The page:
I wanted a backrest like on the 2011 400, but the only backrest I could find for the 2022 400 is about $144, with $25 shipping. The backrest has a doughnut hole in the middle, which I don't like.

I also had a hard wires stereo installed on my old 2011 400, which eventually failed. So I bought a rechargeable cylinder type radio, which as to be mounted to the dash someway. Do you have any radios on your 2022 400?
I rode Honda Goldwings when I was in my 40's. I will be 67 on the 4th of July and battling a complex case of both Hodgkins and Non-Hodgkins Lymphoma. Cancer. So I am really greatful to be able to ride such a fun bike; more fun than the Corvette that I just sold, in fact.

All in all, a huge improvement with ride, acceleration, handling, and safety features compared to the 2011 400 that I put about 5,000 miles on, in under two years. And how do you like the blue rims?

Thanks for your response.

Don Castle, MPA
Phoenix, Arizona
No, I don’t have any radio on my 400. I don’t want the distraction while riding.

Sorry to hear about your cancer. Glad you are able to get out and ride and enjoy yourself. I am in my early 60s, and thoroughly enjoying riding.

At first I did not like the blue rims. If I had had a choice of with and without at time of purchase I would have ordered it without. But I must admit they are really growing on me. Hope they still look nice after a tire change.

I have had my 400 for about 3 months now and have just shy of 4500 miles on it already; local only, no long trips. Just ordered my first set of replacement tires. I am being proactive so they are here when I need them. Given current bike use and tire wear, I expect I will need to replace around September or October.


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.The Dunlop's tires on newer 400 "MAY" be a special OEM fitment,
The manual for my 2022 400 indicates the OEM tires are Dunlop ScootSmart G tires. I find nothing with the ‘G’ in it online. Neither did my dealer when I called to place and order for a new set of tires. They suggest it may be custom version for Suzuki.
🤔🤐
 

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:unsure: or :ROFLMAO:

The manual for my 2022 400 indicates the OEM tires are Dunlop ScootSmart G tires
So does that clip at post #26. That's from a 2020 manual.

You know how Suzuki owners books are known for erroneous information?
Did you look at your tire sidewalls? If it's like UK bikes, their tyres are "standard" X-ply Smartscoots.- no "G".
(I looked at one today).

Logically, if Suzuki were to PAY for "special" or "custom version" tires, why would they do that for one of there lowest volume products? :unsure:
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I am told because that rear wheel tire size is not widely used in the US;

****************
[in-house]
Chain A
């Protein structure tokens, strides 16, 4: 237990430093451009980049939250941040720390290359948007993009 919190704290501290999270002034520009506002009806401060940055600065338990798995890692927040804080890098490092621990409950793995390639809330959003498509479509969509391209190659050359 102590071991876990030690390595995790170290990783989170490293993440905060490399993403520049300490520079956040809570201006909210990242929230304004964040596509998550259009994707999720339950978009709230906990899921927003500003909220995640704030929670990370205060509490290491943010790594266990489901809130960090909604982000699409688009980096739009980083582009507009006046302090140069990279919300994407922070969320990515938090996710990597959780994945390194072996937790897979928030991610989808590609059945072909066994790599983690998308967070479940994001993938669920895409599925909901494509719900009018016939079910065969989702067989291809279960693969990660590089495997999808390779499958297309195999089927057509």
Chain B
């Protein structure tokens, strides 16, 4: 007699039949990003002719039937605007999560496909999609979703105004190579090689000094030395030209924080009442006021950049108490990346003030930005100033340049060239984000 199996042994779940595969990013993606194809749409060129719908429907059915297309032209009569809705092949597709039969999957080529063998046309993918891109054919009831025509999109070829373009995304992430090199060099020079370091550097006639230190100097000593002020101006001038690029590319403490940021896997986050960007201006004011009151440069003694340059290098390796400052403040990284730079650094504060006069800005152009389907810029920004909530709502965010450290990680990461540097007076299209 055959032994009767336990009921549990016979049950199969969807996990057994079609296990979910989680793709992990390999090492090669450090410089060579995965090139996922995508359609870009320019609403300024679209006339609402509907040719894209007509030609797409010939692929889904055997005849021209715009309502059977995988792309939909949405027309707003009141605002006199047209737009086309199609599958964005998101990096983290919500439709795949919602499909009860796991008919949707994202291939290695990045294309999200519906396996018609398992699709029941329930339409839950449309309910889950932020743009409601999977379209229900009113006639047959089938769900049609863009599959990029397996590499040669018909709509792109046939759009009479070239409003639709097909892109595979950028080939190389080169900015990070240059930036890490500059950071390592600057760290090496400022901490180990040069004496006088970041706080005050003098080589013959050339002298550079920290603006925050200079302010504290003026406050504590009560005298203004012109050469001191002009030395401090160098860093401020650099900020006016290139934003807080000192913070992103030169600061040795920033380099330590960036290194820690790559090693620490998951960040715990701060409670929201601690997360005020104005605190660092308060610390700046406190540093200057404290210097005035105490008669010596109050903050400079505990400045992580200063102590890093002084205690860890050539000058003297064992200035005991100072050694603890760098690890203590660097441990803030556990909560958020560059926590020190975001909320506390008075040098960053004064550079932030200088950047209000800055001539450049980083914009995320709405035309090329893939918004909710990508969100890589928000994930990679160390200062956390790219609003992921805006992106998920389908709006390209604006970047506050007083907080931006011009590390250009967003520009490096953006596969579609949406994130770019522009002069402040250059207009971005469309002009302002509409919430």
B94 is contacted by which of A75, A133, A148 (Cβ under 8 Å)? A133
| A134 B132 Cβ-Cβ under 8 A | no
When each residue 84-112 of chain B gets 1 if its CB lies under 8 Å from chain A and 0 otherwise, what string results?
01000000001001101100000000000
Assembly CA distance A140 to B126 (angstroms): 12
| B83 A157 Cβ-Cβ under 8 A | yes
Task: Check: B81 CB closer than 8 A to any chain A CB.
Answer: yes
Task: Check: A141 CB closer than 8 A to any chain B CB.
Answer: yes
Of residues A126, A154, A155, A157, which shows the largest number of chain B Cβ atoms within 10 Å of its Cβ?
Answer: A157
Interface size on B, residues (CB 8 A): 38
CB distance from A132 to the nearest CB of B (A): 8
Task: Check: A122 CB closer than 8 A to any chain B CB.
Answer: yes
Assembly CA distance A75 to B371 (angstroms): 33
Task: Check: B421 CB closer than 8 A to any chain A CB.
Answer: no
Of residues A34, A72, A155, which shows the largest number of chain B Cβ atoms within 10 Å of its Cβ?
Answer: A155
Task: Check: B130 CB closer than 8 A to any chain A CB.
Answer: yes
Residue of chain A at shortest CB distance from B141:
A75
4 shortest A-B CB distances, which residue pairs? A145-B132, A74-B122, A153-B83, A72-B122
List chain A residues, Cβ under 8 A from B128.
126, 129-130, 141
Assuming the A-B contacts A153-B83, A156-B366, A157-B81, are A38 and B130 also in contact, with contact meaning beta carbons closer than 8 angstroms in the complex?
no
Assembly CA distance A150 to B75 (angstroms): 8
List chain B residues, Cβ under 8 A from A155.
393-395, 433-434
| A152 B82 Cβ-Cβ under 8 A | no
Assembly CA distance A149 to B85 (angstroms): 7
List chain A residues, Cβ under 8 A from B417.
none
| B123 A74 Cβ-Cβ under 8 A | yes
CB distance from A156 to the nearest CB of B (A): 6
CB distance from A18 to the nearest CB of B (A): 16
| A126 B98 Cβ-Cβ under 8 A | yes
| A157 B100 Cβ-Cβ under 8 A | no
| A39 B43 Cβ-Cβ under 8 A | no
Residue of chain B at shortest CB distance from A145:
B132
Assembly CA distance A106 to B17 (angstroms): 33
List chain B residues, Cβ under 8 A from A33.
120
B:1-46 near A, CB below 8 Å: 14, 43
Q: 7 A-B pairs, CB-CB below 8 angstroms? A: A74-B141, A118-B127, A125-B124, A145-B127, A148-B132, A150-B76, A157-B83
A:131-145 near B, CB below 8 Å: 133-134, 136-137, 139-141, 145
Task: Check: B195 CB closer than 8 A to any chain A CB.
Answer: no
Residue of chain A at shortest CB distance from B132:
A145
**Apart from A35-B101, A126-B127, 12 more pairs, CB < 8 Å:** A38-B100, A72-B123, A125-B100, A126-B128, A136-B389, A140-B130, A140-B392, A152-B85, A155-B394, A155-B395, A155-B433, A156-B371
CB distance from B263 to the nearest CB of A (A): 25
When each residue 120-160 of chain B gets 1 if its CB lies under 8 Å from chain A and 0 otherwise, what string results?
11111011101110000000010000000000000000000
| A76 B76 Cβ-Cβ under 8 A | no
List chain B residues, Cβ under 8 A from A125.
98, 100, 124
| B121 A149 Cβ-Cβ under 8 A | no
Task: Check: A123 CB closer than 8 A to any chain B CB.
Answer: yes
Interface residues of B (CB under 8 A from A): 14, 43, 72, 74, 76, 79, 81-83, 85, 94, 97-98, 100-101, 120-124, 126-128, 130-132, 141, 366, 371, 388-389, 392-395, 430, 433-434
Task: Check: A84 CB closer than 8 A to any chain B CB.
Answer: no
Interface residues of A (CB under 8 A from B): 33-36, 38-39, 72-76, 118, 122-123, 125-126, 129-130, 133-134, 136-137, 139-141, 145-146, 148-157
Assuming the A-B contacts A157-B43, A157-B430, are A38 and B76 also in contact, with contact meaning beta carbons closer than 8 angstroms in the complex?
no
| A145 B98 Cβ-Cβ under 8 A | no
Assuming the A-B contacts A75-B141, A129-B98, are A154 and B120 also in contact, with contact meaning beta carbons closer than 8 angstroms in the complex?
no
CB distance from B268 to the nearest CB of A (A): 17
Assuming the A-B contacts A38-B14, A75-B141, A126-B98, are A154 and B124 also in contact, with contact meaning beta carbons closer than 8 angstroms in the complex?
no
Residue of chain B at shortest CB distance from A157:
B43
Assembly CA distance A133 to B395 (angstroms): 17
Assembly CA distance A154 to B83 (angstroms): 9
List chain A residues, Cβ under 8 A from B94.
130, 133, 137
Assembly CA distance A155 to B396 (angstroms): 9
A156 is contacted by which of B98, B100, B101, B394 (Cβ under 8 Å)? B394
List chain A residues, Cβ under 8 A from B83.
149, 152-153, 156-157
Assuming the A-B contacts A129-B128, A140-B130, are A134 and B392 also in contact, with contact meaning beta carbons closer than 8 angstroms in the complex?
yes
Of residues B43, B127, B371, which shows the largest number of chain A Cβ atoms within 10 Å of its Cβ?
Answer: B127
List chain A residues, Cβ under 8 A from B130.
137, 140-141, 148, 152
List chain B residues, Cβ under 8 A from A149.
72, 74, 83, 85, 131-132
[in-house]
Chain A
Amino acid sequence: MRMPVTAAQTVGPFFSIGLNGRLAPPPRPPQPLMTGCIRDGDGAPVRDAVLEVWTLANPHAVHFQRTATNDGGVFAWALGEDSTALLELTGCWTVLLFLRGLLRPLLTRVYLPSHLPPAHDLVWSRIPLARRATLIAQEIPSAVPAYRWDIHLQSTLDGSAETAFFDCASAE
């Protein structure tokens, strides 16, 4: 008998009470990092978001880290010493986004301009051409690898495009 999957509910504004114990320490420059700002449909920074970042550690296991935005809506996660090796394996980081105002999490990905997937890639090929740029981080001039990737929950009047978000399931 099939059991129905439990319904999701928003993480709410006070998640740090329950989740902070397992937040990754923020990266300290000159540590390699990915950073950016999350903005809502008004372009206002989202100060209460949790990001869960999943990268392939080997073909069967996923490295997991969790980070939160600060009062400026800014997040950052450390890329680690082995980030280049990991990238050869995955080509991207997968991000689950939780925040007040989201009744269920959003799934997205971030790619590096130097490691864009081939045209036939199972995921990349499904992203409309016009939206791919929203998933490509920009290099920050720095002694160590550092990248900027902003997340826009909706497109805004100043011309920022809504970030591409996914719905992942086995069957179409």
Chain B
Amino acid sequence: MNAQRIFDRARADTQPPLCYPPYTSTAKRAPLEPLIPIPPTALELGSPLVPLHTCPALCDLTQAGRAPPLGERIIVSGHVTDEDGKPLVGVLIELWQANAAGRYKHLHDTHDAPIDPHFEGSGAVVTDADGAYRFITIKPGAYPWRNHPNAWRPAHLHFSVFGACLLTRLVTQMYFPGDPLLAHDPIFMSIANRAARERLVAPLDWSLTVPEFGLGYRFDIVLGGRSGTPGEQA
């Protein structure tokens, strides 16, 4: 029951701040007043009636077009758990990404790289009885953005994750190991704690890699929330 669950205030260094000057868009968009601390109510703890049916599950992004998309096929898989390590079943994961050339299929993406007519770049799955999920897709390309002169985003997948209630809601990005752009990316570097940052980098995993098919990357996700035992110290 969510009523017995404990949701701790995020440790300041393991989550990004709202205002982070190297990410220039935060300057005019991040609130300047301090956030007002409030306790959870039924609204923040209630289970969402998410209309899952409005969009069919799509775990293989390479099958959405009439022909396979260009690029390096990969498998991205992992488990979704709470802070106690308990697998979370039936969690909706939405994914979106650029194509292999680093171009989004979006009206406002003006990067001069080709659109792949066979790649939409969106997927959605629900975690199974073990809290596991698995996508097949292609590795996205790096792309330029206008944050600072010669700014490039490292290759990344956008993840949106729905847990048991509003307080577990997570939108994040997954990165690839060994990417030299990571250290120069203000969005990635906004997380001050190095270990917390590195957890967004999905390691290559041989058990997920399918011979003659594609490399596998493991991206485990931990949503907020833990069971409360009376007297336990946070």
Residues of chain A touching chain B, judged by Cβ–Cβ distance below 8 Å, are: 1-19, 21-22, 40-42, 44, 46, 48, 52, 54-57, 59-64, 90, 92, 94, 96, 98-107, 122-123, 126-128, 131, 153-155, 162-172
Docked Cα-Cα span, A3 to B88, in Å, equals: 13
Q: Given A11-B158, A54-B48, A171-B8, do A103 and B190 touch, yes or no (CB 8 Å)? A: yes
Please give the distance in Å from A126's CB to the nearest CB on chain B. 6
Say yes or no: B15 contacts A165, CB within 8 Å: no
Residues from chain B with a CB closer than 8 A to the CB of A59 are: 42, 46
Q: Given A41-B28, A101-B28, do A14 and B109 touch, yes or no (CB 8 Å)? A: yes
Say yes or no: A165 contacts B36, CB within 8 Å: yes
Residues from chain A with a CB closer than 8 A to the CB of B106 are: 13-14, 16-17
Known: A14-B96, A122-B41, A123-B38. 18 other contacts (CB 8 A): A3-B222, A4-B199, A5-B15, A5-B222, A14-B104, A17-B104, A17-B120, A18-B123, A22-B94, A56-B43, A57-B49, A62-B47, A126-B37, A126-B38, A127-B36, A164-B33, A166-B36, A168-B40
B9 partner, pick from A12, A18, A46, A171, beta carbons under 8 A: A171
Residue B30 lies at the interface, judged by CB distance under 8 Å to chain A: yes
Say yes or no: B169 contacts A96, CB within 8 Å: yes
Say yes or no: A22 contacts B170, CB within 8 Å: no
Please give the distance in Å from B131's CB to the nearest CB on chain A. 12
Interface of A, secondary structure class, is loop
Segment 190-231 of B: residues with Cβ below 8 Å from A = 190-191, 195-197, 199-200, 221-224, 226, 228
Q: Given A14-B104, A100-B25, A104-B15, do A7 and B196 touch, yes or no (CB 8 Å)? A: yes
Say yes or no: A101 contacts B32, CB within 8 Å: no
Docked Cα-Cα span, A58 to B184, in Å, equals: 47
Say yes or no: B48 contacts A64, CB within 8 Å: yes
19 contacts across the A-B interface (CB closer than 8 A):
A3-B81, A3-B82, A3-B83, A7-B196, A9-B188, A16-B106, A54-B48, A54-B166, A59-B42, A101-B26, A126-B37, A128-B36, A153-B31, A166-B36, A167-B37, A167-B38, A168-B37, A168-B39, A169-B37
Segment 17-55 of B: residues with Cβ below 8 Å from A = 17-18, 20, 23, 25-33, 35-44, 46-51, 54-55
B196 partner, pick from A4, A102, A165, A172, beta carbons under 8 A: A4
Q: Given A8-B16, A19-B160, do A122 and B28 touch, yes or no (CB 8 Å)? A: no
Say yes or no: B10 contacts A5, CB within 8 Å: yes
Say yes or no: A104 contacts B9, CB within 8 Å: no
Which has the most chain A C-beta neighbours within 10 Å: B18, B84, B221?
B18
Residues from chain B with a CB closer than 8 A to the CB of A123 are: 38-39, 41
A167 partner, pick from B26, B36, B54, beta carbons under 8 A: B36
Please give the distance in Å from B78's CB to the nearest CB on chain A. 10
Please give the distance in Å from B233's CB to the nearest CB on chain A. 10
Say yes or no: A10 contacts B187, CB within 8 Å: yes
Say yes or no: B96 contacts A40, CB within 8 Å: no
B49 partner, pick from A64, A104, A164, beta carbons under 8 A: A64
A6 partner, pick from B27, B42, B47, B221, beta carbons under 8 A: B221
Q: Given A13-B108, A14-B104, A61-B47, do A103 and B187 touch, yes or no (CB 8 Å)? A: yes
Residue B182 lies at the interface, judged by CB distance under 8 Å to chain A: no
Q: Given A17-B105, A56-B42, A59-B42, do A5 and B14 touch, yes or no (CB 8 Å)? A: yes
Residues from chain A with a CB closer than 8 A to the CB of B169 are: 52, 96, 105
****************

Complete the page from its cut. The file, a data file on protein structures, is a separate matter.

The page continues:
It's used on the Honda Silverwing and Yamaha Majesty, at least. Not sure what others have been sold over there.
Oh yes... Suzuki Burgman 400, 2007 to 2016.
 

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I have bad news chaps...

Older Burgman 400s with Hoops were “G” too :)
Good luck finding it on your sidewall, but I bet it’s in your manual

Silverwings in the same size would be, I think, an “F”
 

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Continued...

This is what is known as an “OE code” - as in “original equipment”.

Boring detail stuff.
An OE could cut both ways.
Sometimes it’s a tyre tuned to a specific vehicle application. Vehicle and tyre manufacturers work together developing a new vehicle and sometimes tweaks are useful. For example, during development there might be particular frequencies you want to damp. So you get a superior sub-group of tyre for that specific application and that variant might be available to buy in a given territory,

Or

A manufacturer wanting to pump out a lot of vehicles with tight margins is buying 1000’s of units and might have enough clout to reduce the cost/spec of a particular tyre (Cheaper compound combinations or drop a fancy standard spec feature you don’t think will improve your sales, for example). This keeps the list price down and that sub-model isn’t going to be found in any public facing store.

edit: for clarity (hopefully)
 

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On the tire profile/wheel diameter change:

Yes, you get tighter handling but...
Don't forget, us dynamics and techy guys don’t get free reign, other departments get a say and generally corporate image and styling get a powerful first say when setting the initial brief.
A lot of the skill on the technical side is making things work within the many parameters that are handed down (image, cost, existing parts bin etc)
They went for a lighter looking bike, and large wheel/reduced tyre is visually lighter (even if it isn’t physically lighter).
 

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Did you look at your tire sidewalls? If it's like UK bikes, their tyres are "standard" X-ply Smartscoots.- no "G".
(I looked at one today).
Yes, I just checked the tire minutes ago to see it it matches the manual. The ScootSmart name is in large letters and is followed by a very small ‘G’, perhaps 1/5th the size of the core name.